- - Sunday, August 16, 2015



By Stephen Harding

Da Capo Press, $26.99, 288 pages

Given that Japan started the Pacific War with a cowardly sneak attack on Pearl Harbor, it comes as small surprise that the last American to die in the war was killed by military extremists after both sides had agreed to end hostilities.

The victim, one of more than 800,000 casualties in the Pacific theater during the war, was Anthony James Marchione, born to Italian immigrant parents in Pottstown, Pa. Machine gunfire killed him six days after his 20th birthday while on a reconnaissance mission to determine whether the Japanese military was abiding by the cease-fire.

Stephen Harding, the editor of Military History, is fast achieving a reputation as a World War II historian of the first order. In engrossing and well-researched prose, he tells a two-tier story. First is that of Marchione, a youngster who was determined to fight for his country, only to die after peace had supposedly come. (A photo of a smiling Marchione brought a lump to the throat of this father).

Then there is the saga of hard-core Japanese militarists who adhered to the “bushido code,” which equated surrender with cowardice, and who tried to thwart Emperor Hirohito’s decision to spare his country further devastation. One senior air officer pointed to the 5,300 kamikaze aircraft “hidden from Allied eyes in caves, underground storage areas, and heavily camouflaged airfields across southern Japan,” awaiting suicide pilots. Last-ditch defense intentions were obvious to U. S. ground troops (see, for instance, George Feifler’s 1992 book “Tennozan: The Battle of Okinawa and the Atomic Bomb”).

Here Mr. Harding puts paid to the claque of leftist deniers (especially in American academia) who still challenge President Truman’s decision to end the war with atomic weapons. As the Japanese army chief of staff pointed out to dissident officers, continuing the war was pointless. “Given that the Americans seemed entirely willing to keep dropping atomic bombs on Japan’s major cities — and one had to assume … that Tokyo was quite likely next on the target list — attempting to continue he war would most certainly result in many more dead Japanese.”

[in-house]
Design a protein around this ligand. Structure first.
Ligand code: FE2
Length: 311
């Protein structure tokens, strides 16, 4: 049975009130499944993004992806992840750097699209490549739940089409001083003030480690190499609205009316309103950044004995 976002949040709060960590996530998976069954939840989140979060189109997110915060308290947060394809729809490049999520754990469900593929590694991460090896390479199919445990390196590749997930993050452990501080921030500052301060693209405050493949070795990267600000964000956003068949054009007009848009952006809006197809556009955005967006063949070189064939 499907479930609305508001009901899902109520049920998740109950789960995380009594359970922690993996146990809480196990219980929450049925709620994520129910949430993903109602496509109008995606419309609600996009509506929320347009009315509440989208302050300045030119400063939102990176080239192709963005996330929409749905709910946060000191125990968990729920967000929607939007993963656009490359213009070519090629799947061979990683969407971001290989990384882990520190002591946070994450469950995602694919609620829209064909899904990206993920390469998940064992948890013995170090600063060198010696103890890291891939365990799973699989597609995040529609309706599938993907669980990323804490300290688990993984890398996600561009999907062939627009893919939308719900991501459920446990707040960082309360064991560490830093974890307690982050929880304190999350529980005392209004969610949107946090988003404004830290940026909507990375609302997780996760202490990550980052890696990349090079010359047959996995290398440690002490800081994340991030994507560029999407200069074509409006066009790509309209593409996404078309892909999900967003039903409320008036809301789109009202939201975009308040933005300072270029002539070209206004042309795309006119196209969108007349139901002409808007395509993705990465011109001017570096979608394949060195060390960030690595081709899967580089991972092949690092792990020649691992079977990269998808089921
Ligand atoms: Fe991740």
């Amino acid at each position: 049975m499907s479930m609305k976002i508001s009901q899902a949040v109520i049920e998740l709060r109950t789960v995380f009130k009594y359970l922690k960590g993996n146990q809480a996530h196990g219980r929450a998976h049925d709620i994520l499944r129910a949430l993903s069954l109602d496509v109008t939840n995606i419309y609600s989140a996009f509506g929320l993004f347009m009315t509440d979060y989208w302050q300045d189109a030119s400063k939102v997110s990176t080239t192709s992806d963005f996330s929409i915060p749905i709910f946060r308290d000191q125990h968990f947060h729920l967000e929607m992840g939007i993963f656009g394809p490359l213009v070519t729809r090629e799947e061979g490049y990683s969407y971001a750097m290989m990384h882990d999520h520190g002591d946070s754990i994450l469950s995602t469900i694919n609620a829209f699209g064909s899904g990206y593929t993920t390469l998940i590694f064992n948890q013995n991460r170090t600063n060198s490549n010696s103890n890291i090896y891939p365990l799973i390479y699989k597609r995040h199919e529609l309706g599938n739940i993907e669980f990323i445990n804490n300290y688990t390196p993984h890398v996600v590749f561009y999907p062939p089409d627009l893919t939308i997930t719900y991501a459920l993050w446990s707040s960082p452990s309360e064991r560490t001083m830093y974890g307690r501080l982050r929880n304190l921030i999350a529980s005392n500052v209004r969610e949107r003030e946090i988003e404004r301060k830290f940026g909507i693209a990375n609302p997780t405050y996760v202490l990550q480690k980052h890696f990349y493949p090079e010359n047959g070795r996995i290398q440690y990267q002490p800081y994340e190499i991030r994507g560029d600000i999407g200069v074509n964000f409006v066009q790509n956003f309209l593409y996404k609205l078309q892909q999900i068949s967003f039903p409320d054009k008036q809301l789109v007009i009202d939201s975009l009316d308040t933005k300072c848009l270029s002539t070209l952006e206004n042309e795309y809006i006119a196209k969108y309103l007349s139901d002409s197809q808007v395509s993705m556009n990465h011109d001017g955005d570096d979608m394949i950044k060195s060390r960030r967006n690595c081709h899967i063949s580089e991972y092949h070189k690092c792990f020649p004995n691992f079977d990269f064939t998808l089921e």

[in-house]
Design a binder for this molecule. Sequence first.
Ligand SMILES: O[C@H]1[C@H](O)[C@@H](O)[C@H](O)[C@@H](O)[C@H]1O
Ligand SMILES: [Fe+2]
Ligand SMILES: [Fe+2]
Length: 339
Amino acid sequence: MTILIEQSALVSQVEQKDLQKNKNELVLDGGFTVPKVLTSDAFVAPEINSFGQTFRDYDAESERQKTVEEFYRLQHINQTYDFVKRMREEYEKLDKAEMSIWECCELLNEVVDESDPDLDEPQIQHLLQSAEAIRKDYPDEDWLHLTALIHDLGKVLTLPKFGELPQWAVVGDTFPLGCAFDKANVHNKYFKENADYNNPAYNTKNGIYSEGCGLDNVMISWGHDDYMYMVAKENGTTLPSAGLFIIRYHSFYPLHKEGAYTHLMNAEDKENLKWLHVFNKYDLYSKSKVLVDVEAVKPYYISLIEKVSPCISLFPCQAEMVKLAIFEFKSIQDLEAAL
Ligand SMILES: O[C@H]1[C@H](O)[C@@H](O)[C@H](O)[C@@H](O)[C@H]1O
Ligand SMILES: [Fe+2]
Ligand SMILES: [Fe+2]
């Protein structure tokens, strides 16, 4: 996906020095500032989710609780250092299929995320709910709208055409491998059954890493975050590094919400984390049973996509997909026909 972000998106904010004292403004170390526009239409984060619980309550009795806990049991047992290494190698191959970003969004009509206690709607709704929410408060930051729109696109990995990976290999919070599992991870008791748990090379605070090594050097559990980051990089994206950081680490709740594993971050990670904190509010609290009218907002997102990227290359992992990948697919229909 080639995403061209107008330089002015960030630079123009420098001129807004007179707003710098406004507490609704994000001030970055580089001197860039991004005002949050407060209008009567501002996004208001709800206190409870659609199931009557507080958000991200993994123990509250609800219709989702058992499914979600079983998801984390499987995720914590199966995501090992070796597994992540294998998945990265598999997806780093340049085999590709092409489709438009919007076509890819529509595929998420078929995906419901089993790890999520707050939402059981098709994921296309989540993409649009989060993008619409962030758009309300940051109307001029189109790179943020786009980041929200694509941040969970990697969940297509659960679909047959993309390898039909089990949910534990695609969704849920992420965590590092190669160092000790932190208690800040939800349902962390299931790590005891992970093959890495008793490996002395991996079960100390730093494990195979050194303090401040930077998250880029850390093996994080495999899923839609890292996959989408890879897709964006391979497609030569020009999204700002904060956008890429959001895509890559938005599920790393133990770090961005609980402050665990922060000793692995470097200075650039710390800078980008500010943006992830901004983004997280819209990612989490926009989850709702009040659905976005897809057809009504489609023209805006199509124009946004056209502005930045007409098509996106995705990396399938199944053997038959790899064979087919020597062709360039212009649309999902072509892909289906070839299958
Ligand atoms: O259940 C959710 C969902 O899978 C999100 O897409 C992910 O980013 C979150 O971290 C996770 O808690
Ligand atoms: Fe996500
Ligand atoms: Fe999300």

But the diehards persisted, and their threats sent many superiors into hiding to escape assassination. Here Mr. Harding treats us to history at its most dramatic, offering undeniable evidence that Hirohito was on the verge of losing control of his country. Officers make a frenzied effort to find and destroy a recording in which Hirohito agreed to Allied surrender; fortunately, they fail. A ranking Air Force officer, drunk and delirious, is thrust into a straitjacket and hauled off to a psychiatric wards to curb his rebellion. And perhaps most importantly, there is continuing confusion over whether all elements of the far-flung Japanese military were aware of the agreement.

Indeed, American planes which flew over Japan the day the agreement supposedly became final encountered resistance. Their mission was to determine whether the Japanese showed signs of hostility, and to select landing sites for American troops to start the occupation.

Despite these attacks, American commanders decided to send eight more aircraft over the same area the following day on other reconnaissance missions. But no one attempted to determine whether the earlier interception “had been the last hurrah of a small band of fighter pilots” or evidence of a continuing broad resistance.

As Mr. Harding comments, “the idea that no one attempted to verify that assumption before sending multiple crews back into what was quite possibly still the lion’s den is staggering.” One intelligence officer did speculate that sending the planes back over Japan, without a fighter escort, was a “fidelity test” of whether the Japanese were actually carrying through their surrender.

That the American planes did not attack the Japanese defenders was of no import to the Japanese airmen. Their commanders argued that the bushido code compelled them not to surrender; further, their base had received no official notification that the peace agreement was in effect. After weighing the evidence, Mr. Harding concludes that their resistance was mutiny.

In any event, Hobo Queen II, the craft carrying Tony Marchione, encountered trouble from the start. Mechanical problems meant that neither the belly nor nose turret guns would work. Camera mounts were broken. And mechanical problems caused two planes to abort and return to base before the flight reached Japan — cutting defensive firepower by half.

Japanese 20mm rounds riddled the plane, one hitting Marchione just below the sternum. He died in the arms of friends. Mr. Harding himself suffered severe wounds in Vietnam, and he acknowledges empathy with the young airman: “the surprise, the blinding pain, the frenzied efforts of buddies trying their best to stop the bleeding “

A five-star military read.

Joseph C. Goulden is the author of 18 nonfiction books.

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